The winner of the 2017 Will McLean Best New Florida Song Contest (out of 62 entries) is Mary James, better known as “Mean Mary,” in the music world. Though she resides now in Tennessee, her roots are in Florida and Alabama (Her family lived in the North Florida area when Mary was born, but the nearest hospital was in Geneva, Alabama!).
James, who also plays banjo, fiddle, guitar and eight other instruments, is no newcomer to the folk music scene. She began playing the guitar at age four, could read music and wrote her first song at age five, and recorded her first album when she was six. Her extensive performance schedule soon made school attendance difficult, so at the end of the second grade she went into home study and began appearing daily on the Country Boy Eddie Show, a regional TV program out of Birmingham, AL. At that same time she also appeared regularly in Nashville, Tennessee at the Elvis Presley Museum, on the Nashville Network, and on Printer’s Alley.
When Mary and her frequent music partner, brother Frank James, grew weary of the commercial, country-music scene, they started a tour of historic folk and Civil War era music. It wasn’t long before they were one of the most sought after historical folk groups in the country. Their careers eventually took them to the bright lights of Hollywood, California where they were involved in various areas of the film industry
James is now based in Nashville, Tennessee from which location she tours extensively across the US and internationally. She has her own Nashville TV show, Never Ending Street—a documentary/reality type show depicting a touring musician’s trials and joys. She is an endorsing artist for Deering Banjos—Deering has named her their Goodtime Ambassador. She writes and produces music for herself and other artists, and has recorded 14 albums, her latest being, “Sweet.”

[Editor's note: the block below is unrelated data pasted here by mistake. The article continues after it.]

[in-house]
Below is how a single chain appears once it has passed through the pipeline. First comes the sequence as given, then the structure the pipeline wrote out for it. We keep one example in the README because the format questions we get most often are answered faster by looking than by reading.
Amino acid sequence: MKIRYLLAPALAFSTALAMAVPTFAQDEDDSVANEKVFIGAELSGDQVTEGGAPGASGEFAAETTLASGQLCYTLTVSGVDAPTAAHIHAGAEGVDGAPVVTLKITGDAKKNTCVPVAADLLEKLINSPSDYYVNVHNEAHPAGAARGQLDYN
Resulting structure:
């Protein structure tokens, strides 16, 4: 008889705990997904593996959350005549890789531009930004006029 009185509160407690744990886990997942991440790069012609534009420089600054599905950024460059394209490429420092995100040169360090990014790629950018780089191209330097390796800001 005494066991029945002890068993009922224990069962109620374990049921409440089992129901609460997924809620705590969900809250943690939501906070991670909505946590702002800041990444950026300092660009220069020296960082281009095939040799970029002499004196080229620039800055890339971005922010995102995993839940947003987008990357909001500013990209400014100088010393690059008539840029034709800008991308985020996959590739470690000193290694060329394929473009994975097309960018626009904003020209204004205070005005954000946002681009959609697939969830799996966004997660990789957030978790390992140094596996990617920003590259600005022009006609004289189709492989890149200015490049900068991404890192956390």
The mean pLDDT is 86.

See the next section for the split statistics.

Her winning song in the 2017 Will McLean Best New Florida Song Contest “Choctawhatchee Waltz” was directly influenced by her family’s gypsy lifestyle. While growing up, her family lived close by the Choctawhatchee River in North Florida. The river’s name was taken from the Choctaw Nation and the Choctaw word hacha (river), literally the “River of the Choctaws.”
“It was so wild and undeveloped—like undiscovered territory. As a kid I could imagine I’d stepped far back in time or into a magical place. Those memories bring back a rush of longing for those wild and simple times. It was something I had to capture with my music,” said James.
“Mean Mary” also scored a second-place finish in the 2017 contest with a song she co-wrote with her mother, Jean James, (a 40-year Florida resident currently living in Tennessee) entitled, “We Never Hear The Song.” The song tells how people are surrounded by the music of “Mother Nature,” but maybe never realize what they are hearing.
Their song was inspired by Jean’s time hunting snakes and other reptiles, some of which were milked to make antivenom, some went to zoos, and some were shipped overseas for farm rodent control. Part of the reptile money supplied her daughter Mary with musical instruments. At times Mary would accompany her mom on those excursions.